An ounce of prevention may actually be worth a pound of cure, especially if the actions taken are to reduce losses from natural hazards, such as tornados, hurricanes or flooding, according to a Penn State researcher.
"Our analysis found that for each dollar spent by the Federal Emergency Management Agency for grants to mitigate the effects of natural hazards, approximately $4 was saved from what would have eventually been spent on correcting damages," says Dr. Adam Rose, professor of geography. "Currently, the grants we studied, if extrapolated to all FEMA grants over the 10-year period ending in mid-2003, would save over $14 billion."
Rose led a research team conducting the study component that focused on the Benefit-Cost Analysis of FEMA mitigation grants. The team was assembled by the Applied Technology Council for the Multihazard Mitigation Council of the National Institute of Building Sciences. The MMC was funded to conduct this work, "Natural Hazard Mitigation Saves: An Independent Study to Assess the Future Savings from Mitigation Activities," by FEMA in response to a request from the U.S. House of Representatives Appropriations Committee.
In essence, for every dollar spent on mitigation, on average, four dollars would not need to be spent in the future to repair the damage and to compensate for death and injury caused by natural hazards. The report noted that grants to mitigate the damages done by floods, hurricanes, tornadoes and earthquakes from 1993 to 2003 are expected to save more than 220 lives and prevent nearly 4,700 injuries over about 50 years.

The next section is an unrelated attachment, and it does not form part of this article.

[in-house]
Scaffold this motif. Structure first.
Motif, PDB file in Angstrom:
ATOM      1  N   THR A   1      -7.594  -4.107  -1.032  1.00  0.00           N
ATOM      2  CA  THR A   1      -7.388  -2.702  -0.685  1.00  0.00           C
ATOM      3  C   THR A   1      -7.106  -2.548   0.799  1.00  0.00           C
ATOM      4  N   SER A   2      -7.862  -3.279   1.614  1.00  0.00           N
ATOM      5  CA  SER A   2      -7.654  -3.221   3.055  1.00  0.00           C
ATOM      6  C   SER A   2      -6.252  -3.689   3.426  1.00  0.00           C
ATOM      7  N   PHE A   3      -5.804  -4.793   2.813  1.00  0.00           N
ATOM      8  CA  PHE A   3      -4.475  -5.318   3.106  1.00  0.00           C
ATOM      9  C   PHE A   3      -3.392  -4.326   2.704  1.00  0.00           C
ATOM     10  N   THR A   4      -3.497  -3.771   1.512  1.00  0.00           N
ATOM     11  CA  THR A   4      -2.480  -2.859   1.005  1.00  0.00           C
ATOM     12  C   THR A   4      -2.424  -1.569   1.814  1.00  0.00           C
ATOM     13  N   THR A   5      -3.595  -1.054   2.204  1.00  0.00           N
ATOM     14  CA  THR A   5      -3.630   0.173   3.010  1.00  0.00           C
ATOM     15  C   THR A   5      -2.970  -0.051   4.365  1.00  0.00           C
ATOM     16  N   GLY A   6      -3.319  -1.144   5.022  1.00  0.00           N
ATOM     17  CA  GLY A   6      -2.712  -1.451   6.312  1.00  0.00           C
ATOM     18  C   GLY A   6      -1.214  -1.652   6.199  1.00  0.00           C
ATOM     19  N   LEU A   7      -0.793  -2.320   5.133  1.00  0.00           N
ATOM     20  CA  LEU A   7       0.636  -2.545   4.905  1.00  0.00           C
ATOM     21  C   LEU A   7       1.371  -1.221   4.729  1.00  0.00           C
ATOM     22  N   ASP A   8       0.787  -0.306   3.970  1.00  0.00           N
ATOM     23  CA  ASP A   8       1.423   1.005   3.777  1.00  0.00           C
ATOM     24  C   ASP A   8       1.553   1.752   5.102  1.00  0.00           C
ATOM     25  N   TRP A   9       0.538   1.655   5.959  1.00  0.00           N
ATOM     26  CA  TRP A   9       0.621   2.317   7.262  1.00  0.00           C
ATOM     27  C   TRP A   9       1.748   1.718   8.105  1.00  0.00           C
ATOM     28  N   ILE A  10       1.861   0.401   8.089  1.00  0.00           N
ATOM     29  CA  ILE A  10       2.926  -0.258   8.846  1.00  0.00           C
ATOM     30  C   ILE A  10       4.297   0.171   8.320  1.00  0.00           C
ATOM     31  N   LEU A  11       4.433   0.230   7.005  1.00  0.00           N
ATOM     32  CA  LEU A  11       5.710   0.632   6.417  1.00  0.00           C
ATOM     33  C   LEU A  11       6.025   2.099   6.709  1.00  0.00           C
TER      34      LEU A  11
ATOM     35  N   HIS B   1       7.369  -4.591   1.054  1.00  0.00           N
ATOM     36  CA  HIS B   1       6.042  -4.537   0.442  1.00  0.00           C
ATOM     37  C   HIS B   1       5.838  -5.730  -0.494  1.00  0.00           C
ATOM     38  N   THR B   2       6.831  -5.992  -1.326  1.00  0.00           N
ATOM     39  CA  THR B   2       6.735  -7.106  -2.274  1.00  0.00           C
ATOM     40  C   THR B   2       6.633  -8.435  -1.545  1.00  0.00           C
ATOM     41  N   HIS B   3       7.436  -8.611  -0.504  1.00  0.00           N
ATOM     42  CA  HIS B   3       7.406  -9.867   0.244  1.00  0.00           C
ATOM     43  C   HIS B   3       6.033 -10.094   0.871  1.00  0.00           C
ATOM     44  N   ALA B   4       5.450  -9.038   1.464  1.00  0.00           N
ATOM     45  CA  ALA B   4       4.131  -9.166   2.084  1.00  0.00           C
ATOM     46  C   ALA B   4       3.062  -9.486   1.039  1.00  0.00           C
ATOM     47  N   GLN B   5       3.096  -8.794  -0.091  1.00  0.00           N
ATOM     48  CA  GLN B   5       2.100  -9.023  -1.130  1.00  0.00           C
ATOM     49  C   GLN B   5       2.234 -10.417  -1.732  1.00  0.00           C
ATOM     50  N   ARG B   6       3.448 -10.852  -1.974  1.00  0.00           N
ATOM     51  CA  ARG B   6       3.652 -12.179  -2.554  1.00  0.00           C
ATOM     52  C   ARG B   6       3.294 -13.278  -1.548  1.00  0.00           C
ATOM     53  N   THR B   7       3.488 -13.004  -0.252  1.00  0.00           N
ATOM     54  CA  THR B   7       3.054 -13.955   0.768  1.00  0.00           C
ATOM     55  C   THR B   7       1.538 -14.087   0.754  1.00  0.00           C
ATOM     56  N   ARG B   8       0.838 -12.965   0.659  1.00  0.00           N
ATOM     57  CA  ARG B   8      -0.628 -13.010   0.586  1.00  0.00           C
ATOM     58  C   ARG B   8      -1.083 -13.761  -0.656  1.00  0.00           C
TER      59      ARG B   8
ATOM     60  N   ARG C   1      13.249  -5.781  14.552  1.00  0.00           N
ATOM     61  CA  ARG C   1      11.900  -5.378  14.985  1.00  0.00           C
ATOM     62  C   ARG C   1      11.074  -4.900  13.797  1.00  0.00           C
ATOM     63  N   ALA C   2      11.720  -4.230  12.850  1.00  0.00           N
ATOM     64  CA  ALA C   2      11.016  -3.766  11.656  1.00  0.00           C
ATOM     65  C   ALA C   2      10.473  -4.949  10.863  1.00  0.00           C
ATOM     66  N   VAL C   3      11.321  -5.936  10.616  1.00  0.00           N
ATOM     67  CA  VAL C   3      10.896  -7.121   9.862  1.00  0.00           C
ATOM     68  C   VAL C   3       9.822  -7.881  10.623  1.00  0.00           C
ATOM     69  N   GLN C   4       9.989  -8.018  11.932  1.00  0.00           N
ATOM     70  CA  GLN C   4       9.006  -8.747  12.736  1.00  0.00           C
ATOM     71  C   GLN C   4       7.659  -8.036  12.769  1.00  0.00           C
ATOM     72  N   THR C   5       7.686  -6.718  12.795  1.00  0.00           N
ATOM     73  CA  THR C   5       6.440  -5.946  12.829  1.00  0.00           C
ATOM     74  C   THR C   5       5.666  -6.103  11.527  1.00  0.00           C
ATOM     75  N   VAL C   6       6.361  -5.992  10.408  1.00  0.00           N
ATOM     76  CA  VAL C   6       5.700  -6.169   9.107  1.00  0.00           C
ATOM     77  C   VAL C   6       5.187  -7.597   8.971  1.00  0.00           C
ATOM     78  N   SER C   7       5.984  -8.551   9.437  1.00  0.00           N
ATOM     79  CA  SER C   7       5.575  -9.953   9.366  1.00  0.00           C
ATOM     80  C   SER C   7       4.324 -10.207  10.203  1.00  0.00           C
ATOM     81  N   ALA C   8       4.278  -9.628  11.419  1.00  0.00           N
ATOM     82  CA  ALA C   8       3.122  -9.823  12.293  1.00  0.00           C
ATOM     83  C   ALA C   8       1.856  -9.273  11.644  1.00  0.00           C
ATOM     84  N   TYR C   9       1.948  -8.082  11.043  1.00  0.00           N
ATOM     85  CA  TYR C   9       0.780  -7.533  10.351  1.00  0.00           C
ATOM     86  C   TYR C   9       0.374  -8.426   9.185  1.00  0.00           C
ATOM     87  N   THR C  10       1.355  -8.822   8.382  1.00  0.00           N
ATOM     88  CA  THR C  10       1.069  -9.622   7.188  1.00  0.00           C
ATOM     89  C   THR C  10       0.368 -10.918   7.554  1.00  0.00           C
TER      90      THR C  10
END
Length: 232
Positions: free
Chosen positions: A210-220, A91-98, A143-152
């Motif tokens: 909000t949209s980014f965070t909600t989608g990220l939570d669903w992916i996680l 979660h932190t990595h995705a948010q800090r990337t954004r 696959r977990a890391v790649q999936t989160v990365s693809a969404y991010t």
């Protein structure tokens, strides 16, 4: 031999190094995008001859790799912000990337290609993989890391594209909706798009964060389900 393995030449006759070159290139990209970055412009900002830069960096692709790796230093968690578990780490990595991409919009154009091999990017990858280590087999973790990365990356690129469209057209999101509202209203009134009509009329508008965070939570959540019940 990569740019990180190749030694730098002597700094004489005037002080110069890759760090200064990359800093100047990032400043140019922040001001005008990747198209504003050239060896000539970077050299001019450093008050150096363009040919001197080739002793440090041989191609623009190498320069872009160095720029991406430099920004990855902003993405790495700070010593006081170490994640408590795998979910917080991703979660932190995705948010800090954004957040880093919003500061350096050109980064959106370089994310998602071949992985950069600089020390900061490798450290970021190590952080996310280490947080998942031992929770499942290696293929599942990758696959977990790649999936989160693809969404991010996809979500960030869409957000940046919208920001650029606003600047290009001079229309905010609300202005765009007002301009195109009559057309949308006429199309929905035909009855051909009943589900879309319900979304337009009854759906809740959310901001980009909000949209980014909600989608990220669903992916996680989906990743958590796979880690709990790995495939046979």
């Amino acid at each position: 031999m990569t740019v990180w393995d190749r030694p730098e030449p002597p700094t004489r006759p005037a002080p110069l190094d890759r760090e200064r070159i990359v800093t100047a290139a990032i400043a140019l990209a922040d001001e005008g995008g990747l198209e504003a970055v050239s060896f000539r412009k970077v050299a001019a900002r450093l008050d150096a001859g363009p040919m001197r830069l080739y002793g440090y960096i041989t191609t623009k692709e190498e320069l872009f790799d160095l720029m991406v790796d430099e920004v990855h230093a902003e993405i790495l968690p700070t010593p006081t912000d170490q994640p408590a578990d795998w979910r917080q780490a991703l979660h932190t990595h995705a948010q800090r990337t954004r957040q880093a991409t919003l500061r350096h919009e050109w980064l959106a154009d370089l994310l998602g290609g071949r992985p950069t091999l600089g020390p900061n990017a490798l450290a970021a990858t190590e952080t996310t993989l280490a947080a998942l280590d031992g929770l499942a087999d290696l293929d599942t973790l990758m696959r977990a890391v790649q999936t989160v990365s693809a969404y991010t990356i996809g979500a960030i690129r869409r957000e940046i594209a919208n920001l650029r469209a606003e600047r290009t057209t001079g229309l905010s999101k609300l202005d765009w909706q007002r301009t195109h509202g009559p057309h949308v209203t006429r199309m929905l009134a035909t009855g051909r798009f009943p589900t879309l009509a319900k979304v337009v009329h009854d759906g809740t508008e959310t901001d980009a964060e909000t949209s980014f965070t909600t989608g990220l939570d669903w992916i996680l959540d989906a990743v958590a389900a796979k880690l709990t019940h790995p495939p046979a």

The researchers looked at two types of grants in this study. One type provided funding for physical measures intended to reduce damage directly -- including reinforcement against wind and earthquakes and raising buildings subject to flooding, for example. The other type provided funding for activities leading to hazard mitigation policies, practices and projects -- including risk assessment, education and building codes.
The researchers looked at both types of FEMA grants across the board to get a generalizable picture of the effects and at FEMA grants in a community context. The community studies included all grants received since 1988 by the selected communities. In both parts of the study, the researchers used cost-benefit analysis to evaluate the effects. Looking at benefits, from the point of view of losses to the society that were avoided by mitigation, they considered reductions in property damage, direct and indirect business interruption, loss of human life, cost of emergency response and environmental damage.
Another benefit was the reduction in tax revenue losses due to economic disruption caused by natural hazard damage. Reducing the cost of emergency response by FEMA and avoiding losses in tax revenues, frees up monies for other uses by other federal government agencies.
"The study found that hazard mitigation grants were cost-effective and reduced future losses from natural hazards," says Rose.
"This type of grant provides a significant net benefit to society and a significant net savings to the U.S. treasury."
An interesting side effect is that communities that benefited from FEMA mitigation grants also generally had additional, non-federally-funded mitigation activities. Also, communities that institutionalized mitigation programs showed the greatest benefit.
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